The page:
How To Sleep With Neck Or Shoulder Pain

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Sacrificing sleep to deal with shoulder or neck pain can be frustrating, especially when you can’t figure out the cause of your pain.

Some pain-related issues, like joint pain from aging or injuries, don’t always have the easiest fixes. But for some people, a simple fix like sleeping on the best mattress for neck and shoulder pain, adjusting your sleeping position, or changing out your pillow could be enough to help alleviate your pain.

We’ve put together expert advice on how to sleep with neck and shoulder pain, including some quick tips on changes you can make in your own bedroom.

[Editor’s Note: The information provided should not be considered a substitute for professional advice. Please consult a sleep doctor or other medical expert if you have questions related to your own health.]

Martin Novak/Shutterstock

What’s Causing Your Shoulder or Neck Pain?

When you think about how much work your neck does in even the simplest of actions, it’s no surprise that so many people suffer from pain in the neck muscles and shoulder muscles. In fact, even something as simple as the way you look at your phone could be the cause of your neck pain.

Some of the common causes of neck and shoulder pain include:

  • Injury from overuse
  • Worn joints from conditions like osteoarthritis
  • Pinched nerves
  • Sleeping incorrectly in a bad sleeping position
  • Sleeping on the wrong mattress
  • Sleeping on the wrong pillow

How Your Sleeping Position Can Worsen Your Pain

One of the big culprits of your neck or shoulder pain could be your sleeping position. Ideally, you should sleep on your back or side to avoid neck pain.

Stomach sleeping is the worst sleeping position for people who have neck pain since this position already puts a lot of strain on the neck and lower back, especially if you also use a thick pillow.

For sleepers with shoulder pain, it’s best to avoid sleeping on your side, especially the side that you have the most pain on. Back sleeping will be more comfortable for people who have shoulder pain. Just be sure to sleep with your arms relaxed to your side. If you sleep with your arms up above your head, this may end up worsening your shoulder pain.

How Your Mattress Or Pillow Can Worsen Your Pain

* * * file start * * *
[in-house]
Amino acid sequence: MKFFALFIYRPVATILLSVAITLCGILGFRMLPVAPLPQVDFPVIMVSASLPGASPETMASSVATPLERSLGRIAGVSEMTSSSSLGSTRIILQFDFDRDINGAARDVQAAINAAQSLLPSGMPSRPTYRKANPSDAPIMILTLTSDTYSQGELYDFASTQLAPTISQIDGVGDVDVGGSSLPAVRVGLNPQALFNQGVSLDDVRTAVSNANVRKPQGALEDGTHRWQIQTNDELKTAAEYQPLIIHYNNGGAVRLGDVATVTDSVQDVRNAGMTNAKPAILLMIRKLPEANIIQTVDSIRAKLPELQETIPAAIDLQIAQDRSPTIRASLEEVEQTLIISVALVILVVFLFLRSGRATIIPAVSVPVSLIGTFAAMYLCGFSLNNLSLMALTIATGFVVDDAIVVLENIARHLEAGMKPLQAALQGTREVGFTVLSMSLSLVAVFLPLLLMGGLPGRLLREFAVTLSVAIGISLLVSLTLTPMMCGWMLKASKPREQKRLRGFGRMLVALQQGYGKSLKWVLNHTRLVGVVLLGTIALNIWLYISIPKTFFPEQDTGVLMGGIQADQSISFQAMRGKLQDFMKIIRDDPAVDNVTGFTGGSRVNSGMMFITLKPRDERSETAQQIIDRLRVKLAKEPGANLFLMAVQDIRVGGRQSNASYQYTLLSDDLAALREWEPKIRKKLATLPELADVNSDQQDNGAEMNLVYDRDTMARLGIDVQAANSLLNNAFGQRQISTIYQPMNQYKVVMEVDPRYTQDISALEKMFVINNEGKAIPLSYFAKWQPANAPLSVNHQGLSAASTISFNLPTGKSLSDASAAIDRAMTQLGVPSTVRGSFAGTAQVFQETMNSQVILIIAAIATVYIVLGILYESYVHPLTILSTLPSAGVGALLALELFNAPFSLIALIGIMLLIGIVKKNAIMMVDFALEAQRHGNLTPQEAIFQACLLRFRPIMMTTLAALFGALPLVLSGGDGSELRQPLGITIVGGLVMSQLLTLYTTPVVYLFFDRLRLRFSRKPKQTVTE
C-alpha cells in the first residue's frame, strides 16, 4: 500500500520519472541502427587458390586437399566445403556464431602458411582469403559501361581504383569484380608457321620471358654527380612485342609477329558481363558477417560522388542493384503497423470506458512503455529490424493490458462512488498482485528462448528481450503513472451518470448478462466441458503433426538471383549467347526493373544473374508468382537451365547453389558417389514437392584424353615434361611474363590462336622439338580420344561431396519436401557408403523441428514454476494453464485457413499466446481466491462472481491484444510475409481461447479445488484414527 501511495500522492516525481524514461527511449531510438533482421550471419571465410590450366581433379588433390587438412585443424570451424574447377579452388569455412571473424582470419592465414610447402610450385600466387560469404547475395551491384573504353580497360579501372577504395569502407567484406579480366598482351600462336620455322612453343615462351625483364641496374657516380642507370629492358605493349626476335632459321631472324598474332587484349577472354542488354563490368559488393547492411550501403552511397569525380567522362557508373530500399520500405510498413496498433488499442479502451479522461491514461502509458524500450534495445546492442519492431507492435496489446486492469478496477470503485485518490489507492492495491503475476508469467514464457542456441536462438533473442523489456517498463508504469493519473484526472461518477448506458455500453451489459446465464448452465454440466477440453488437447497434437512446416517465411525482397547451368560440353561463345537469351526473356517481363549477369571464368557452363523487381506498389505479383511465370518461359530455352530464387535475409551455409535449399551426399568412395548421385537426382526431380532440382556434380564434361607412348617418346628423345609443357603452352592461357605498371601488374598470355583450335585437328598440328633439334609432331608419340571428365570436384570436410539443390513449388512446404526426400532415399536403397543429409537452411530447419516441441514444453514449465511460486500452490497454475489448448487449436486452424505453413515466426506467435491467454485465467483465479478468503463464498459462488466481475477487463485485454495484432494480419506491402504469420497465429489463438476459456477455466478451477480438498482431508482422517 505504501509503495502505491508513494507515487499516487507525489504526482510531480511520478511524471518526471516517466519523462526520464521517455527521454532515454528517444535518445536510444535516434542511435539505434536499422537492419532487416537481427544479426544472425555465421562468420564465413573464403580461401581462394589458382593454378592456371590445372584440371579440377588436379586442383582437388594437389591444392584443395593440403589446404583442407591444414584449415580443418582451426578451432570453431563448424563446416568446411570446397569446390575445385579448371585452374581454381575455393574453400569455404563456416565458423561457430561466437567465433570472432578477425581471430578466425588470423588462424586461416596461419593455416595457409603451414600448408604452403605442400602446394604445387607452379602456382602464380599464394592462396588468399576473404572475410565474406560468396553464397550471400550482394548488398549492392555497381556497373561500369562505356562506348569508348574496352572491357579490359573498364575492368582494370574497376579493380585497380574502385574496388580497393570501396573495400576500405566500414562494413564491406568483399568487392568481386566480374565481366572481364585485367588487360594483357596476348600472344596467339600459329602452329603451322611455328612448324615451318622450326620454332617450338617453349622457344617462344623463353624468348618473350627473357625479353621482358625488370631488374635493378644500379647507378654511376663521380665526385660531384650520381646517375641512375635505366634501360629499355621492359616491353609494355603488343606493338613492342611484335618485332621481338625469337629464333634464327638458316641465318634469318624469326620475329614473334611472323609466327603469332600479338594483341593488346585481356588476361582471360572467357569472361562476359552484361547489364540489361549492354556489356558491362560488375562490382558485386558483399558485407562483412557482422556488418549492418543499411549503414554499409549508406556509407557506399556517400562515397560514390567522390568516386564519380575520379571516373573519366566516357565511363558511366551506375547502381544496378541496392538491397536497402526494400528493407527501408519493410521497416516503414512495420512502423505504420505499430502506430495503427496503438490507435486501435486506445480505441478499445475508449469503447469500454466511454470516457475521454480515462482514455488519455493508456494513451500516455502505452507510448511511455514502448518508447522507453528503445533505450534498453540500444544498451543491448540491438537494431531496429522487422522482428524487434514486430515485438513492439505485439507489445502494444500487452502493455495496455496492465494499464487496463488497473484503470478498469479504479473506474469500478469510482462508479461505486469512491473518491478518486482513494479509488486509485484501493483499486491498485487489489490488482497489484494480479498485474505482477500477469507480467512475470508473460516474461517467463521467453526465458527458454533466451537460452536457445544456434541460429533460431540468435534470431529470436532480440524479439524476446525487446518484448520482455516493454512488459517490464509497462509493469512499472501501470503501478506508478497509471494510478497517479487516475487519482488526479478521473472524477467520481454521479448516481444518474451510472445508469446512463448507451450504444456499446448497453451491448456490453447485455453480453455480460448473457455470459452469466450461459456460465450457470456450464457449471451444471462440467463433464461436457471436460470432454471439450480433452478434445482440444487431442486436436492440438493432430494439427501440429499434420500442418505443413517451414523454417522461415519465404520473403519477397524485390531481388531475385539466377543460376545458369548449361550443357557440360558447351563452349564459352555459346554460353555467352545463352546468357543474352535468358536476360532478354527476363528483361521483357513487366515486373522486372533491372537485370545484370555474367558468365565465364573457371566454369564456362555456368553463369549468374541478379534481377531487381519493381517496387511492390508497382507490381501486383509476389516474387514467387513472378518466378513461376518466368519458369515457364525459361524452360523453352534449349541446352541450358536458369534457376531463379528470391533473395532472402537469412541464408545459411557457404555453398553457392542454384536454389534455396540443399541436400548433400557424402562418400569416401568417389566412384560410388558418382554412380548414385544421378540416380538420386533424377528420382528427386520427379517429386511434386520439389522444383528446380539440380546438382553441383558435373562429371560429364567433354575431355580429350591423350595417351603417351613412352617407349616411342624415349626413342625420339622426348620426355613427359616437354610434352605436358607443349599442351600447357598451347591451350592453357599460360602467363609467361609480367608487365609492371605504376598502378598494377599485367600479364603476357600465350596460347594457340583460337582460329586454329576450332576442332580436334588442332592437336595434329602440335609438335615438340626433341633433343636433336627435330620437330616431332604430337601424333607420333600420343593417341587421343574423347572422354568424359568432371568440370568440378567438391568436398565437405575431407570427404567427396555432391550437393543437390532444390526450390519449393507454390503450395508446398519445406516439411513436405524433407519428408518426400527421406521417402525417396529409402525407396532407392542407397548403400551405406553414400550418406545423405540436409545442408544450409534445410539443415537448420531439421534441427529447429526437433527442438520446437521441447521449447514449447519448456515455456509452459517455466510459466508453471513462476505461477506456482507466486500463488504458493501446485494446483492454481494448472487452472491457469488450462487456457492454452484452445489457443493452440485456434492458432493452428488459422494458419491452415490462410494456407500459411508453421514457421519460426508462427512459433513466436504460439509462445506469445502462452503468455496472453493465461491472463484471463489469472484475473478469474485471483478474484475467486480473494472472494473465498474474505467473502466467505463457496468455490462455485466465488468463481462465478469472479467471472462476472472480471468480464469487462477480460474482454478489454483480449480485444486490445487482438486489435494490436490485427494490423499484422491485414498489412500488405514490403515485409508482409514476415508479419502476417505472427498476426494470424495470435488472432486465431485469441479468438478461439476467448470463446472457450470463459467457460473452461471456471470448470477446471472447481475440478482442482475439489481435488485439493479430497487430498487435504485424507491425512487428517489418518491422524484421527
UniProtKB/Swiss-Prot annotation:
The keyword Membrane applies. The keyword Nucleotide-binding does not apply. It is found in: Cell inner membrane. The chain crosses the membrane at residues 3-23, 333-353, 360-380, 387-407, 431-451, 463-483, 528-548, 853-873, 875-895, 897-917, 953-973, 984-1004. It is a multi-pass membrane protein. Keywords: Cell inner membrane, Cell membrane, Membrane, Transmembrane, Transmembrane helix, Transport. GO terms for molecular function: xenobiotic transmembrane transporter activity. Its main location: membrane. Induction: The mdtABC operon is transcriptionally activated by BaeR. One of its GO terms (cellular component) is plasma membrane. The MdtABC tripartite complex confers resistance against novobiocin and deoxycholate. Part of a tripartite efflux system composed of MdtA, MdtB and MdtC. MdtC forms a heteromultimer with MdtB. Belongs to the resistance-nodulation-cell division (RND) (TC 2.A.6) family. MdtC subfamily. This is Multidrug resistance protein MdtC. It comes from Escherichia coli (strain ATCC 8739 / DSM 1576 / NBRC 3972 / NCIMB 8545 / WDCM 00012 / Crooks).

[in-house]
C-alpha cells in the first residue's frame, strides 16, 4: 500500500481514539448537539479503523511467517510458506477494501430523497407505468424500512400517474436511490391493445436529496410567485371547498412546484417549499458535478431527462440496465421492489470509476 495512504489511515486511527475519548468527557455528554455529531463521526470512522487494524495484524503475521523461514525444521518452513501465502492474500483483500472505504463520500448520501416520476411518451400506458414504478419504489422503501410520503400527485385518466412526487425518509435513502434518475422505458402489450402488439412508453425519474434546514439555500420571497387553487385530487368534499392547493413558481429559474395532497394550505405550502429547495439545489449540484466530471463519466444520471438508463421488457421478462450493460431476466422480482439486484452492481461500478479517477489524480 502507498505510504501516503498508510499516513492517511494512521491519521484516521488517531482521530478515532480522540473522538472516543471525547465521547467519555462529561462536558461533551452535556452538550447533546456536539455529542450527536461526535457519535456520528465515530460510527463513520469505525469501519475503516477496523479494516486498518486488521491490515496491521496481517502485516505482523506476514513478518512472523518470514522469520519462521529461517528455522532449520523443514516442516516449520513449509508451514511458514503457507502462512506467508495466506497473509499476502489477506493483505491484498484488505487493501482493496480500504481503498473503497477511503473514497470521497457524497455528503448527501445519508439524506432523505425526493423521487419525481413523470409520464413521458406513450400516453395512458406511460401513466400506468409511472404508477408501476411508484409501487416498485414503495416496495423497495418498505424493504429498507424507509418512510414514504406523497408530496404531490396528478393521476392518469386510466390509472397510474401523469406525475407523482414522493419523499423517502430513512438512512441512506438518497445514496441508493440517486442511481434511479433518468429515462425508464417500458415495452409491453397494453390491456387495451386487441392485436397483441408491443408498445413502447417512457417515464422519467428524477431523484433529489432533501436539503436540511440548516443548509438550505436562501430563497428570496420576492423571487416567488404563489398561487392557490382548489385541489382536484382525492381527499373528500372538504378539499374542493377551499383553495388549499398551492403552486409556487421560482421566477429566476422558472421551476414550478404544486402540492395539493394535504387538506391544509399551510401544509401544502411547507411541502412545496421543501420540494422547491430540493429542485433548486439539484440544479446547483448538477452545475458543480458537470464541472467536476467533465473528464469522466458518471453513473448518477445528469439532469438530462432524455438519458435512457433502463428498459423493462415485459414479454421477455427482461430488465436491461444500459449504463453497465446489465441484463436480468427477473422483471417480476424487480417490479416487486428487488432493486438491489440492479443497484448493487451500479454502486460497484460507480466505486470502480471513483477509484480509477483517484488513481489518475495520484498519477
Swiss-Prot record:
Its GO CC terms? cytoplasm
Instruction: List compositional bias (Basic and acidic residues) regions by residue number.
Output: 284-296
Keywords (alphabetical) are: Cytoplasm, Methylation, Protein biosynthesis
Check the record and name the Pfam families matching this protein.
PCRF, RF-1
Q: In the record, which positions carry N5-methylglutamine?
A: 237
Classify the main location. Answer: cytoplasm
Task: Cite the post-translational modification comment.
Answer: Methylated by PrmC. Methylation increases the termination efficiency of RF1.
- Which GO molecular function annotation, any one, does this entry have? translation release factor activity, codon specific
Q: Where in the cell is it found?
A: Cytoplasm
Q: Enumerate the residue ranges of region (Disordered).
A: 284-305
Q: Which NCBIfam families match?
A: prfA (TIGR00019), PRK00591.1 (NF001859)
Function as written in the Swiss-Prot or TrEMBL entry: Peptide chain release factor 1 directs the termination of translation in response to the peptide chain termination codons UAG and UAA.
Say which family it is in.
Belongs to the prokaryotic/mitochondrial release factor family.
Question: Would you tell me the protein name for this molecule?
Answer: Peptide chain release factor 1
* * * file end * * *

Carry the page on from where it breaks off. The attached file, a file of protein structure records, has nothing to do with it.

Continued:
Sleeping on the wrong mattress or pillow could also be a cause of concern, especially for sleepers with shoulder pain. When it comes to neck pain, your pillow is going to play a bigger role in your comfort level since the main purpose of a pillow is to support your head and keep your neck in neutral alignment.

neutral spinal alignment - best pillows for side sleepers

Sleepers with shoulder pain should be extra wary of their mattress choice, especially for those who are side sleepers. To avoid exacerbating your shoulder pain, you will want to make sure you have a mattress that isn’t too soft or too firm. If a mattress is too soft, you could sink too far into it and experience pain from bottoming-out onto the firm base layer.

On the other hand, if a mattress is too firm, you won’t be able to sink in enough and will feel pressure build up in your shoulders.

Fortunately neck pain from common pains & strains, poor posture, overuse and incorrect sleeping positions can be treated at home, with many options to improve your sleep experience.

5 Tips for Avoiding Neck or Shoulder Pain While Sleeping

Understanding how you sleep is important in alleviating shoulder or neck pain. Combating neck and shoulder pain while you sleep is far-reaching—your sleeping position, the right pillow and mattress, practicing gentle stretches before bed, and practicing healthy posture habits during the day can all work to improve your sleeping experience.

1. Change Your Sleeping Position

Did you know that there are some sleeping positions that are considered healthier than others? Health experts say back sleeping is the best sleeping position above all others.

This is because sleeping on your back helps your head, neck, and spine stay in neutral alignment – which is absolutely key to reducing your chances of neck (or back) pain at night.

So what does that mean for the other sleeping positions? If you’re a side sleeper experiencing shoulder or pain, you may need to train yourself out of that position.

Side sleepers put a lot of pressure on their shoulders and other pressure points like the hips and knees while they sleep. All hope is not for side sleepers though!

If you sleep on a contouring and supportive mattress that cradles the shoulders (paired with the right pillow), you may be able to get away with staying in this position pain-free. Check out our list of the best mattresses for side sleepers to make sure you have a mattress that properly supports this position.

However, if you aren’t ready to purchase a new mattress or pillow and are experiencing shoulder pain, avoid sleeping on the affected side. If possible, sleep on the opposite side and place a pillow between your knees for added comfort and to help maintain a good sleep posture.

What about stomach sleepers? Stomach sleepers aren’t in danger of putting direct pressure on the shoulders; however, stomach sleeping can be dangerous and harmful to the neck (especially if you sleep with a thick pillow).

If you’re having trouble sleeping with neck or shoulder pain, switching your sleeping position over to your back may be enough to alleviate your pain. Of course, it’s not always that simple. Another important factor is sleeping on bedding products that support proper alignment.